plural noun, singular al·ga [al-guh]. /ˈæl gə/.
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Origin of algae
OTHER WORDS FROM algaealgal, adjective
Words nearby algae
Example sentences from the Web for algae
We would have considered an algae bloom to be a welcome sign of ecological renewal.
Algae, sponges and coral now cover nuns, small children, and the elderly upper class.Artist Jason deCaires Taylor’s Underwater Sculptures Are a Sight to Sea|Justin Jones|April 7, 2014|DAILY BEAST
Glowing bacteria might live in our ceilings and light our homes, while algae bioreactors could supply food and fuel.
Current projects include a massive solar farm at Fort Bliss, Texas, and algae-powered naval vessels.
From algae-powered ships to a rendezvous with an asteroid, see five of the most exciting science and tech projects in the plan.
Stones were usually covered with algae in both the Arkansas and Walnut rivers.Fishes of Chautauqua, Cowley and Elk Counties, Kansas|Artie L. Metcalf
His special field was that of the Marine Algae, in which he stood unrivalled.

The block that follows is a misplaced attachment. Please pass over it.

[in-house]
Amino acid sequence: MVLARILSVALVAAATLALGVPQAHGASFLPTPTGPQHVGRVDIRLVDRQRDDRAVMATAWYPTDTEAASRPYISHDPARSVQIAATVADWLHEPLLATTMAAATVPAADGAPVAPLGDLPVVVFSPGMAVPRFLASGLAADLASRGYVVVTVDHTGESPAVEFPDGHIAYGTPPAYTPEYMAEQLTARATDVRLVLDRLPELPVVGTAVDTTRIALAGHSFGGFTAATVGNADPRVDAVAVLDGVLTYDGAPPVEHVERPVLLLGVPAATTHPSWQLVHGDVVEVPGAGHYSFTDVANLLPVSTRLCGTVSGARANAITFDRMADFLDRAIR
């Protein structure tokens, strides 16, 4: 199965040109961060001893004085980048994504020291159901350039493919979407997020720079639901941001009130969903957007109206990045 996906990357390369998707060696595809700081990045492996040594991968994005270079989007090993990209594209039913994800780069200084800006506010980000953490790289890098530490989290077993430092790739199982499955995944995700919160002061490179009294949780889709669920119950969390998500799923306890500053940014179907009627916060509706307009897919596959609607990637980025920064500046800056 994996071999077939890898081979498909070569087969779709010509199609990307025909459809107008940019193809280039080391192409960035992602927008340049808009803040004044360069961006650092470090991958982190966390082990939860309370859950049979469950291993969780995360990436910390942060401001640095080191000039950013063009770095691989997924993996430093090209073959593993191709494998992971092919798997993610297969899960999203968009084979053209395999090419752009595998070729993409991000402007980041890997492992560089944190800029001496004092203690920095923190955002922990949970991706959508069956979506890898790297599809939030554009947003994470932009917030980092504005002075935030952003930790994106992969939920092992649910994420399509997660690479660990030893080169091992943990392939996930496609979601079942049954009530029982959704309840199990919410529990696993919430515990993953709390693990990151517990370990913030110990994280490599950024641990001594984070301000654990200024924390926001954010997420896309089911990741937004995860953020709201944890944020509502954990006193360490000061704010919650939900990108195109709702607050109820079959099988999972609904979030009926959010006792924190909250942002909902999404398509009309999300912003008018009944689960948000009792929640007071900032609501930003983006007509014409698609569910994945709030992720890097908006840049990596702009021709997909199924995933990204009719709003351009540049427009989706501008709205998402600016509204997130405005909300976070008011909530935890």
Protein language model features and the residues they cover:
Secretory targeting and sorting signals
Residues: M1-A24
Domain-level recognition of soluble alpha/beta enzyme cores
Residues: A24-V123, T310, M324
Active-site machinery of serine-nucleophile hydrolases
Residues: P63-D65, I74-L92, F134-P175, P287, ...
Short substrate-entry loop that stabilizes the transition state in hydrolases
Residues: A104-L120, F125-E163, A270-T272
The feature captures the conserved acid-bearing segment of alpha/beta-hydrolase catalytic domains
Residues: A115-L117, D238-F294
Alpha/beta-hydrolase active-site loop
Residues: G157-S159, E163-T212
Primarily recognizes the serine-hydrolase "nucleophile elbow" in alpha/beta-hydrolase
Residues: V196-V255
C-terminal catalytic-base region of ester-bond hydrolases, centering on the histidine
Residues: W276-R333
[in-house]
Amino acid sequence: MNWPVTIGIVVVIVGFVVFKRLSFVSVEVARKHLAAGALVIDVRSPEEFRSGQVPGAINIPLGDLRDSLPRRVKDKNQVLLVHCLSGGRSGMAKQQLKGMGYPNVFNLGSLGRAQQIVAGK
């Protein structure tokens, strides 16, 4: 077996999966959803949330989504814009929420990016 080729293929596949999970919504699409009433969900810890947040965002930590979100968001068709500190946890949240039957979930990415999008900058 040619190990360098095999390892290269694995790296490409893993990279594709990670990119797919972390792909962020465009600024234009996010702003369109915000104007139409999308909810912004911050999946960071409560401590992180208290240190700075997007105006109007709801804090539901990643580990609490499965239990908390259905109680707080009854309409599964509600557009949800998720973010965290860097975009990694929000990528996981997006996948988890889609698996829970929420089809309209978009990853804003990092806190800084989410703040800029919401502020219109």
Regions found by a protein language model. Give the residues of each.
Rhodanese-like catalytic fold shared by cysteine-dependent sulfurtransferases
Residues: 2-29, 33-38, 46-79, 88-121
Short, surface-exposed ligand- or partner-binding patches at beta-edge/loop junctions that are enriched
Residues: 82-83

He made large collections of Algae, almost every day bringing to him new and beautiful forms.
Other algae doubtless sometimes occur in the thalli of Peltigerae.Ohio Biological Survey, Bull. 10, Vol. 11, No. 6|Bruce Fink and Leafy J. Corrington
The lichens, long regarded as a separate class of lowly organised plants are now known to be fungi that are parasitic upon algae.The Gospel Of Evolution|Edward Aveling
British Dictionary definitions for algae
pl n singular alga (ˈælɡə)
Derived forms of algaealgal (ˈælɡəl), adjective
Word Origin for algae
Medical definitions for algae
Cultural definitions for algae
Primitive organisms that contain chlorophyll but do not have structures, such as xylem and phloem, to transport fluids. Algae sometimes contain only a single cell, and nowadays they are not considered members of the plant kingdom.